At a Glance

What is it?
Neatline is a digital tool that plots digital collections to an interactive map.

About the Author

Bobby Petricini is a current MA student at George Mason University where he is also pursuing a certificate in Digital Public Humanities. He received his BA in History from Kent State University.


Neatline is a plugin for Omeka that anchors collections of items or images in Omeka to digital maps. This can be helpful in visualizing where events took place and also allows students to interact with primary sources attached to an event. You are also able to upload your own map, allowing for past events or fictional places to be explored as well.

Getting Started

Since Neatline is a plugin for Omeka, you will need to familiarize yourself with how to use Omeka first. Our page devoted to using Omeka is a good place to begin. Neatline is available for use only on the downloadable Omeka client and not on the browser client, so make sure you follow the correct steps in order to download Omeka. The page also describes how to download plugins for Omeka, but just in case, Omeka provides a page that walks you through downloading and activating a plugin. Once you have Omeka installed, download Neatline and activate the plugin.

After following the download and setup instructions, you will find Neatline available for use on Omeka. Before hopping right in, it is recommended that you look over Neatline’s introduction to their plugin. Once you feel confident, start creating your collection of items in Omeka and filling in as many data points (subject, description, date, etc) as you can. Do this for each item in your collection until you are finished.

After finishing your Omeka collection, those items will now be available to map in Neatline. Clicking on the “Neatline” button on the left will take you to a blank map to begin working on your project. Click “New Record” and fill in any information you would like attached to the item you are plotting on the map; title, description, and location are required. Continue these steps for each item in your collection until your map fills in nicely. Once you are finished, Neatline will take you to a page with your final map on it. Your map can be viewed on the Neatline website which you can share via a website url. Neatline also provides you with a code that you can use to share your project with the world. This code can be exported as a link to share on social media sites or as an embedded map on a blog or website.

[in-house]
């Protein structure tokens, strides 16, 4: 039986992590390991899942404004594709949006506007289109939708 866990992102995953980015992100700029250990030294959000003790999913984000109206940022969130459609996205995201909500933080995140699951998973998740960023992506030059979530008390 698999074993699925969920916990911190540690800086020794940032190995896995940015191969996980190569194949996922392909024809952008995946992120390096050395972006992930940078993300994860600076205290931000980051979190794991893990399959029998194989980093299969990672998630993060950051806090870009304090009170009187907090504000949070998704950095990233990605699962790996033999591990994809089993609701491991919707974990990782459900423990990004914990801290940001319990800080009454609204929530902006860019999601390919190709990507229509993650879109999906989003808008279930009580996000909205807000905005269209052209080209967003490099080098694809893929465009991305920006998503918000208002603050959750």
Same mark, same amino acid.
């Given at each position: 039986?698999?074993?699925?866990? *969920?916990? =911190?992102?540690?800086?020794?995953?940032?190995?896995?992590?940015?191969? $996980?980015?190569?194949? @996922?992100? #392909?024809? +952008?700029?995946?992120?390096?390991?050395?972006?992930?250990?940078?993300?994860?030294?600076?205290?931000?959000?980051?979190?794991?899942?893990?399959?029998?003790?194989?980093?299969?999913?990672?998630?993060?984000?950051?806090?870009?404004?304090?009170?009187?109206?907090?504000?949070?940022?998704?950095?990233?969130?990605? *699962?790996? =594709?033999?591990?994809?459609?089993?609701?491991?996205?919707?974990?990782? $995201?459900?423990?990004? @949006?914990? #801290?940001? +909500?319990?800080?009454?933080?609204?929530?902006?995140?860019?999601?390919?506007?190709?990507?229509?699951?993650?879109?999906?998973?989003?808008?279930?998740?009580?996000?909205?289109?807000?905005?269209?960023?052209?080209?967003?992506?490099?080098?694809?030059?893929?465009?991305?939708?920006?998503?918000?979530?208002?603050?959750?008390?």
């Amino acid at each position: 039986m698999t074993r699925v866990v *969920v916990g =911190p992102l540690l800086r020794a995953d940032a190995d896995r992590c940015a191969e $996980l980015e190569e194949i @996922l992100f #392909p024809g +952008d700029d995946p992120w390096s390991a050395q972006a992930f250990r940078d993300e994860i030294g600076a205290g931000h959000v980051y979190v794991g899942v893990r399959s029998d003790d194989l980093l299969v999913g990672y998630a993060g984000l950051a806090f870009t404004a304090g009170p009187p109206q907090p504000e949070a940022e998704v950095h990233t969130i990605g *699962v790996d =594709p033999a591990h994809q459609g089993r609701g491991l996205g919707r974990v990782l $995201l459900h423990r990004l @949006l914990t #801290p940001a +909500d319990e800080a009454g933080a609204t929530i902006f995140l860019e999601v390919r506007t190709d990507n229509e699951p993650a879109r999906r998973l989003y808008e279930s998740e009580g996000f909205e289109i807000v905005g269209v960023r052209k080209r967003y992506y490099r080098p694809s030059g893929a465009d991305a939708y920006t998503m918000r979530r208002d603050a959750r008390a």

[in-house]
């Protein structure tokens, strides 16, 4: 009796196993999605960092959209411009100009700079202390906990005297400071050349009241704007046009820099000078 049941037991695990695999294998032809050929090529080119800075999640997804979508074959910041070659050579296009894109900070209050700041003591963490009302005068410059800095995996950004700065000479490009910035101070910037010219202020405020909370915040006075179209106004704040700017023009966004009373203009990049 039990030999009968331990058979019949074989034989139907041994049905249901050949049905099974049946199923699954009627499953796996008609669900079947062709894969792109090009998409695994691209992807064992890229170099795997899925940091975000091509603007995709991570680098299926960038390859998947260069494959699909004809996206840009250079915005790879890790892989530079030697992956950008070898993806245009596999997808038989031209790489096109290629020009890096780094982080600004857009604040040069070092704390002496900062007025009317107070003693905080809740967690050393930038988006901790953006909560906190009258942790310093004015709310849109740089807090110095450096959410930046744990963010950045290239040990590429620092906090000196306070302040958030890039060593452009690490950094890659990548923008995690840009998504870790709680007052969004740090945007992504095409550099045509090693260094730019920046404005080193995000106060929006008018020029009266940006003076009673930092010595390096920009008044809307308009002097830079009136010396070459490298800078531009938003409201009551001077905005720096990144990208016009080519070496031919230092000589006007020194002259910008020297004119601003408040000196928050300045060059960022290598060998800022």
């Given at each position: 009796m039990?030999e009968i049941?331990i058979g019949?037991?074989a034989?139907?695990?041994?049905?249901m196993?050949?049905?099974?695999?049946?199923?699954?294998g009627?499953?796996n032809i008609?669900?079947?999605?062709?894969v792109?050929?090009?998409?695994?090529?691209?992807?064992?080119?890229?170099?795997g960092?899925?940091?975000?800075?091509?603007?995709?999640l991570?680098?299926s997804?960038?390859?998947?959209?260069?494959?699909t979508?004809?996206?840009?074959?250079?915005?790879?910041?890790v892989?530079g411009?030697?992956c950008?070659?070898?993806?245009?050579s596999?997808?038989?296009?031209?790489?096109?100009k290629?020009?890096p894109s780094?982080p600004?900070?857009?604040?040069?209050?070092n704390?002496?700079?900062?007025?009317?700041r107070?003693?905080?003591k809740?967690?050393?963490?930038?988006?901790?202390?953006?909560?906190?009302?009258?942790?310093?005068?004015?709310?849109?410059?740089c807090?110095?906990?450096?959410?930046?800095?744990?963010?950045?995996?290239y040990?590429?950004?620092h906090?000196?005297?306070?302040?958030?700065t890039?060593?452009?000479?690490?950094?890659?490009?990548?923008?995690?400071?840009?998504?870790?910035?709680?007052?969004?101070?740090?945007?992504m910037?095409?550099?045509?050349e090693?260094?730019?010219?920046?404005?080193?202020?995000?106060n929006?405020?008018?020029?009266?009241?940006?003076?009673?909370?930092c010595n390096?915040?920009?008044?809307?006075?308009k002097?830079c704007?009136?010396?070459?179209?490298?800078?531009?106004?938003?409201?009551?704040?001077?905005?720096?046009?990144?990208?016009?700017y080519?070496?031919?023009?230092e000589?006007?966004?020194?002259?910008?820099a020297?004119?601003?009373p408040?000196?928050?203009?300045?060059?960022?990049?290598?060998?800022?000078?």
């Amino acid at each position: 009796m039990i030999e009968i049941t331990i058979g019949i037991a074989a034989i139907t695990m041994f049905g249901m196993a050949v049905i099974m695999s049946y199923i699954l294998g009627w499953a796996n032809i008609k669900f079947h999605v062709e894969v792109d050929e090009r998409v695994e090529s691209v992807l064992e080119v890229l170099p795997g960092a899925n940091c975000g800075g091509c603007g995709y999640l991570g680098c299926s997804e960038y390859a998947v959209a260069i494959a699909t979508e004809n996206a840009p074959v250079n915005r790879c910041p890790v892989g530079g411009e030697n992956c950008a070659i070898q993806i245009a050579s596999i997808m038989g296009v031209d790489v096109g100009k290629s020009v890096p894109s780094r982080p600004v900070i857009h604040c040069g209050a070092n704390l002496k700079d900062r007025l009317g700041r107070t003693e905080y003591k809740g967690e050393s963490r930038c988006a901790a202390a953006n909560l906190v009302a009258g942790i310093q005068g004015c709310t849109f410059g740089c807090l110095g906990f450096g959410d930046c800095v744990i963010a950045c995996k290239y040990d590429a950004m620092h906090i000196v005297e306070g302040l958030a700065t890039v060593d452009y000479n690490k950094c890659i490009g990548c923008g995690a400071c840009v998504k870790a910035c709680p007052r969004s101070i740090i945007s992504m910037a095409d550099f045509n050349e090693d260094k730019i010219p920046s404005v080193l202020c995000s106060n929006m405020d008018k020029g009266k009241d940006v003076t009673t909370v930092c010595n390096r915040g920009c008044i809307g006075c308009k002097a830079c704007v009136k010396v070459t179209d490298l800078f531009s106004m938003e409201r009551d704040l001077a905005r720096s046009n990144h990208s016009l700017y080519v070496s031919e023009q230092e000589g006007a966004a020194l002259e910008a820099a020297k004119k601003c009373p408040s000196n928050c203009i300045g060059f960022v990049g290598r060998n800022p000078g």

As an educator, you can create your own collections and maps to support your lesson plans. Maptherebellion is a great example of how a collection of primary sources can be overlaid on a map to give students a better understanding of a historic event. The Digital Declaration of Independence is another example of just how in depth one could go with the Neatline program.

Finally, a unique way that Neatline can be used is demonstrated with the “Our Marathon” project. Instead of mapping items on a digital map, they utilized the spacing tool to map out responses on a poster remembering the Boston Marathon bombing. Unique ideas like this show that if you think out of the box, Neatline can be used in astounding ways.

Map based collections are a great way to teach students the importance of primary sources. They are able to grasp what it means to collect data based on a certain criteria. Students are also able to gain an appreciation for the geographical significance of events by seeing these collections on a map. No matter what you map, it’ll be a fun and interactive way to get students excited about historical collections.